Everyone’s gums bleed at some point in their lives and for a variety of reasons – but it can still a little alarming if we spit blood after brushing our teeth.
Bleeding gums are primarily caused by the build up of plaque at the gum line. If plaque is not removed through regular brushing it will harden into what is known as tartar. Tartar forms after about 12 days and cannot be removed by brushing or flossing. Removing tartar (calculus) will require an expensive trip to your local dental hygienist otherwise you could see increased bleeding and develop a more advanced form of gum and jawbone disease.
Pregnancy is a common cause of gum bleeding among women. The hormonal changes that occur during pregnancy can cause the gums to become more sensitive.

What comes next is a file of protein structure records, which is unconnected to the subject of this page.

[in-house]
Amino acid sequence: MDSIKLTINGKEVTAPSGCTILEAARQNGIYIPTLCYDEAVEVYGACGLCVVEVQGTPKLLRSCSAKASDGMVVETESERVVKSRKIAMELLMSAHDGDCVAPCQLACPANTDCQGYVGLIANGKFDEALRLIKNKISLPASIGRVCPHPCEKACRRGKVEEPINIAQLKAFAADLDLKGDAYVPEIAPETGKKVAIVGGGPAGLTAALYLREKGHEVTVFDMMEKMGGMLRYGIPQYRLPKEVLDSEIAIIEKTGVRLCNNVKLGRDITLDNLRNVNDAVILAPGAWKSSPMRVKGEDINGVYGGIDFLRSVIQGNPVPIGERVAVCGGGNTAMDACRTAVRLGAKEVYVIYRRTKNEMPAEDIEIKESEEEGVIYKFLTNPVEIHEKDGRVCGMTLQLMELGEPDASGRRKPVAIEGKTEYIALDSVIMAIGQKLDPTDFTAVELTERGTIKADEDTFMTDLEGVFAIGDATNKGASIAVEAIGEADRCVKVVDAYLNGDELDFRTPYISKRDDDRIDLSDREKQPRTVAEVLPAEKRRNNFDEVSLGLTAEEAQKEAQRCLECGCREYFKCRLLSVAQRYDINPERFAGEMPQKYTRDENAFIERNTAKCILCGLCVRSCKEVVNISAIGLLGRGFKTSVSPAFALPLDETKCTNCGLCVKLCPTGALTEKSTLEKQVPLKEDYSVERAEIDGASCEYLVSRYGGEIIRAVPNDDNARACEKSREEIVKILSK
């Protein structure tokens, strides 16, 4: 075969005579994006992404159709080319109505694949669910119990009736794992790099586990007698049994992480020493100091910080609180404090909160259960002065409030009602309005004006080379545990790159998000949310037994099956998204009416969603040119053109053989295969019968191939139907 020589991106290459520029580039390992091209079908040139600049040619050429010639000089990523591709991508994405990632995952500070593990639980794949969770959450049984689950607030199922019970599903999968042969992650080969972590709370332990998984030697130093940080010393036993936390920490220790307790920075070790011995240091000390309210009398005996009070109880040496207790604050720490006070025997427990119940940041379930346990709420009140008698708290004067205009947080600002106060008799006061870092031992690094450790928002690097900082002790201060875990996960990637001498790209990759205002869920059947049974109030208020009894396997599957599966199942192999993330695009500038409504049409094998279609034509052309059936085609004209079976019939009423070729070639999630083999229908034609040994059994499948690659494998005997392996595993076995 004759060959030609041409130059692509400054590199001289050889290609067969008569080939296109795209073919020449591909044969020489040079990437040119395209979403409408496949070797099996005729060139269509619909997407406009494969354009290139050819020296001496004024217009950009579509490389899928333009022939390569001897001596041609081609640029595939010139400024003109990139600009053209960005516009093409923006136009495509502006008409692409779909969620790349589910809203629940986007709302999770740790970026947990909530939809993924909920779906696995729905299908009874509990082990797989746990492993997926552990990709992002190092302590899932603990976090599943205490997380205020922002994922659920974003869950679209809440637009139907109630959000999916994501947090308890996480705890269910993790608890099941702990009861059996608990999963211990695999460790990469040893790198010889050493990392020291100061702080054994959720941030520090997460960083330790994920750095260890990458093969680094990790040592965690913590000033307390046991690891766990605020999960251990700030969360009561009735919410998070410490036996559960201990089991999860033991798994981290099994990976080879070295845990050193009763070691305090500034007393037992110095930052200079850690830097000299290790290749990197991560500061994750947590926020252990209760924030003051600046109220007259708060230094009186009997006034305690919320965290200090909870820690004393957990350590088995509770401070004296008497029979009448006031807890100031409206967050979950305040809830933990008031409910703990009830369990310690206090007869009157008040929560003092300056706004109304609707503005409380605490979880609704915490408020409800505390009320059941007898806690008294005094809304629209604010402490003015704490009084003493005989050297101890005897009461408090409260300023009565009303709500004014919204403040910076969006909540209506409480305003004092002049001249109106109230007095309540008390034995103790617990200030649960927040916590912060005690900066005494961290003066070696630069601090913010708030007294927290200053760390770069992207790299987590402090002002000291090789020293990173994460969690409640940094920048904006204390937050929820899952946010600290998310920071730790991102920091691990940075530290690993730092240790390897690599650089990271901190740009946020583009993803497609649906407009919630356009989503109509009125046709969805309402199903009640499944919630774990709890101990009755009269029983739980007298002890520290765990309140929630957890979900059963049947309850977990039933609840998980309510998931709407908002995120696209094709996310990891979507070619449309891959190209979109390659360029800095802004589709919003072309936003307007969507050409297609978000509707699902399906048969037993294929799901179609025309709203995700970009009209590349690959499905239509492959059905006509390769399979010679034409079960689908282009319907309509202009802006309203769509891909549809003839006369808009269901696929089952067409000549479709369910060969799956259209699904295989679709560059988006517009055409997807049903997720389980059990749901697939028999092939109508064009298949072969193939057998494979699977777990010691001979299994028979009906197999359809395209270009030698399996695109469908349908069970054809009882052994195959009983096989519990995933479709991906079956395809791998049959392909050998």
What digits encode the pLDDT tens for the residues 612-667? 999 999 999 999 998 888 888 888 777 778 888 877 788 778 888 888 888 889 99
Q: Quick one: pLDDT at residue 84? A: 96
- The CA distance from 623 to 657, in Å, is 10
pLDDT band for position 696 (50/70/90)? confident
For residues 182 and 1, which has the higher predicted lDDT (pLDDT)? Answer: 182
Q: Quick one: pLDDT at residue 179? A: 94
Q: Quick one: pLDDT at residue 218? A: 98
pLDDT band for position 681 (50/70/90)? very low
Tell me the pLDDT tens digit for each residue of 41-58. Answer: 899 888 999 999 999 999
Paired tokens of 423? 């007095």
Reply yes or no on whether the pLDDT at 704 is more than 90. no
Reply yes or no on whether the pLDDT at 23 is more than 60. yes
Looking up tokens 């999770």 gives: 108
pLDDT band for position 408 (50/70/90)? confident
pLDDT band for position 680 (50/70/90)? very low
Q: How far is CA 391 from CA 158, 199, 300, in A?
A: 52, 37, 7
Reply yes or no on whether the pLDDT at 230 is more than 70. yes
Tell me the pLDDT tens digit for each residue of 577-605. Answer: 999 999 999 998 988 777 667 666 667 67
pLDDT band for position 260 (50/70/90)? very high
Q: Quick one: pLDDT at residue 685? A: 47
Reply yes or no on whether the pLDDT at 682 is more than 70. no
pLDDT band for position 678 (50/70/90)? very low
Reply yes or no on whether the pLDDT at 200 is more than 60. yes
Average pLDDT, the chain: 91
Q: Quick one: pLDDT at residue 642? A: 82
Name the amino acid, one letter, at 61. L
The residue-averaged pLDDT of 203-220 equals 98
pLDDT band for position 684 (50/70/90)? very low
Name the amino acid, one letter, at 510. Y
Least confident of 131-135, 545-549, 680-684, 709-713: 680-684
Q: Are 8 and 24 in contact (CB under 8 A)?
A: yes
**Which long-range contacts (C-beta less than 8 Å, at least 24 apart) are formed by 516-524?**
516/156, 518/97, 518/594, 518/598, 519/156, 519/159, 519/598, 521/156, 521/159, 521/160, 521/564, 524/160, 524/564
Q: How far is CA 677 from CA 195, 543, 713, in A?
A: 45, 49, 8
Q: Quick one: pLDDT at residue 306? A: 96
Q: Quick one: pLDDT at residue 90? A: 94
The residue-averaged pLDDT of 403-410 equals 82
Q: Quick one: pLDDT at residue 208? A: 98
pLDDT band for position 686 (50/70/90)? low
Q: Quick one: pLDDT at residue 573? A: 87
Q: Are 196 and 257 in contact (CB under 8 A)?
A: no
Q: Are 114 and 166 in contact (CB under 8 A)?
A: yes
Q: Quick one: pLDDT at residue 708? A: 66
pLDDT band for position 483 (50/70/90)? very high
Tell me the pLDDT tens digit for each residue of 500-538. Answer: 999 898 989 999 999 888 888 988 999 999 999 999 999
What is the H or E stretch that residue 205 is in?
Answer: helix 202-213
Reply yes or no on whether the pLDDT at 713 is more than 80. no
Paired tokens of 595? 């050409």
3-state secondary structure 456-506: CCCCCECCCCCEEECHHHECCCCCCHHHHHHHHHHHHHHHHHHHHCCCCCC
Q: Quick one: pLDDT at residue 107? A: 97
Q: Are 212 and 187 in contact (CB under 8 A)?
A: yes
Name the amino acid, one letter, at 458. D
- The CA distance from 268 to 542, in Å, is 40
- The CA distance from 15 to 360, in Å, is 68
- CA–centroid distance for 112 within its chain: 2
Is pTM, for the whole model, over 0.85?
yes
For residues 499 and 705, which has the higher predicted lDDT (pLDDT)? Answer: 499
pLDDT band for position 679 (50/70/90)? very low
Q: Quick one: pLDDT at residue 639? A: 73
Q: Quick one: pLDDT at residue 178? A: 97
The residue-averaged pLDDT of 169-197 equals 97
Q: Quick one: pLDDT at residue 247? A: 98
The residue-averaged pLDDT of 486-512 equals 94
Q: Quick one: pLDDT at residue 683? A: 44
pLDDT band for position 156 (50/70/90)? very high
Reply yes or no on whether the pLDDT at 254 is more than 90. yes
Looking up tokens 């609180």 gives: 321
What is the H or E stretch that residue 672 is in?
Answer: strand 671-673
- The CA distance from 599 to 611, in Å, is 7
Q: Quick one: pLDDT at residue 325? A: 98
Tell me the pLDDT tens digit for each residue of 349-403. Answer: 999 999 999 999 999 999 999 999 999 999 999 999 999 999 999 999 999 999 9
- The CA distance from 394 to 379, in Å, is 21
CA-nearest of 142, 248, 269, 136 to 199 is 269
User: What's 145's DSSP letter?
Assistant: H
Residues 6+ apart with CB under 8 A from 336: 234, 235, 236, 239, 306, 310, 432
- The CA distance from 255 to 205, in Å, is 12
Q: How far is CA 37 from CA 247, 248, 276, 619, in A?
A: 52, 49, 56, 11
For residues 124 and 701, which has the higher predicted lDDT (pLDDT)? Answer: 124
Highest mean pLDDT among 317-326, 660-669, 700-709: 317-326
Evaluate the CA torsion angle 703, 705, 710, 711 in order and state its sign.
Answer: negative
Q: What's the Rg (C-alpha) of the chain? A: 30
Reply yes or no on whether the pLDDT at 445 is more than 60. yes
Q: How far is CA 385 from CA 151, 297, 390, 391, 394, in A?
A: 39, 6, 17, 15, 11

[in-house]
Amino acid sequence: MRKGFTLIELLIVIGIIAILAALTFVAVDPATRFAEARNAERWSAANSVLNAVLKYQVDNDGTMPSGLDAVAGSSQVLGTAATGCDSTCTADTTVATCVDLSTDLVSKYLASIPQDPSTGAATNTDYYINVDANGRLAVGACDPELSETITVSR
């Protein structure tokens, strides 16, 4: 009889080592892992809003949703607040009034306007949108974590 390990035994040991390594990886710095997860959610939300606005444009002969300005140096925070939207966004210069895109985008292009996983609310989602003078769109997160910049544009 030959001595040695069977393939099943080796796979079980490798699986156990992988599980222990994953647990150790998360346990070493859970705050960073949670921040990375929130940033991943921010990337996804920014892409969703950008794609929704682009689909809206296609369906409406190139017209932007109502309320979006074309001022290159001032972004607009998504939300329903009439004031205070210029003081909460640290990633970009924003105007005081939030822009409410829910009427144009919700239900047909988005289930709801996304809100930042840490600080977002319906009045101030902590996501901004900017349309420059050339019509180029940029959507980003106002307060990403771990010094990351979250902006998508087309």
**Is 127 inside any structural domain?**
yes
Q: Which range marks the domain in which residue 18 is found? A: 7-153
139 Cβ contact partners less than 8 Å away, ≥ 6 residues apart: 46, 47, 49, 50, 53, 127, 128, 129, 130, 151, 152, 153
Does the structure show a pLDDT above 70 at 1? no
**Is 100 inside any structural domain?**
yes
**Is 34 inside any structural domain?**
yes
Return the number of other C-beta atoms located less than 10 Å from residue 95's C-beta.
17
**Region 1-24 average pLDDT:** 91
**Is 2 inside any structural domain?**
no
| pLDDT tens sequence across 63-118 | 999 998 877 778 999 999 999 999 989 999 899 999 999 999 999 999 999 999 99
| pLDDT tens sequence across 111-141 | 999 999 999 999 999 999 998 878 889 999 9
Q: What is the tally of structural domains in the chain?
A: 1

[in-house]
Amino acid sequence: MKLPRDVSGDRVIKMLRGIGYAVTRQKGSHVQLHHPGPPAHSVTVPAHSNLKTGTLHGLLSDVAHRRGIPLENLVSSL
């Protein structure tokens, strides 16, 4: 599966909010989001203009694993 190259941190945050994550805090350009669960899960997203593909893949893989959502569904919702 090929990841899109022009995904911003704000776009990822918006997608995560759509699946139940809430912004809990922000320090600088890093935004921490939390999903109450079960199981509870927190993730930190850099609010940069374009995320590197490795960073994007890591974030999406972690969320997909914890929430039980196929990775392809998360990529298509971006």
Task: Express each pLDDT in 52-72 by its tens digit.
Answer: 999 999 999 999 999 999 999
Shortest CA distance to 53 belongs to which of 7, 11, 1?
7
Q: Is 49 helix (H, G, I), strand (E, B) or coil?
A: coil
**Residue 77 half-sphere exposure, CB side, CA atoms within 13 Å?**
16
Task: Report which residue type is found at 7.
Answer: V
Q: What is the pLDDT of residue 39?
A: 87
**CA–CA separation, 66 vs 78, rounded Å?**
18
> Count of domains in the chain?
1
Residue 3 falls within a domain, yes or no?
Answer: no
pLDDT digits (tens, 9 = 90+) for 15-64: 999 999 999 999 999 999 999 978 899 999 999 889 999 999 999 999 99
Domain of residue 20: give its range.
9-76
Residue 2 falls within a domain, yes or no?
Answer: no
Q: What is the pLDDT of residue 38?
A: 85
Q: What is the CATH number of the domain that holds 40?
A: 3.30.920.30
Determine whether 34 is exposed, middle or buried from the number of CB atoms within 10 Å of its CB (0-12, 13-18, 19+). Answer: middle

Deficiencies of vitamins C and K can also cause gums to bleed easily.
Foods rich in vitamin C include:
- bell peppers
- citrus fruits and juices
Foods rich in vitamin K include:
- canola oil
- olive oil
Good dental hygiene is the road to healthy gums that don’t bleed. Having a good brushing and flossing technique helps reduce the plaque from your gum line. You should also visit your dentist twice a year for a professional cleaning.
A rinse of warm salt water can help soothe swollen gums that bleed easily; alternatively you could try an antiseptic mouthwash to minimize the plaque that forms in your mouth.
Use a soft toothbrush that is gentle on inflamed gums, especially if you experience bleeding after brushing your teeth. Medium and hard bristles may be too abrasive for your delicate gums. You might also consider using an electric toothbrush, check out my reviews of the best electric toothbrushes. The brush heads on these toothbrushes are specially designed to help you to clean your gum line more easily than a manual toothbrush.
If you gums are swollen, discoloured, sore or bleed when you brush, you really do need to be seeing your dentist, dental problems creep up on us slowly (but surely if we let them) – don’t let a small problem develop into a big problem.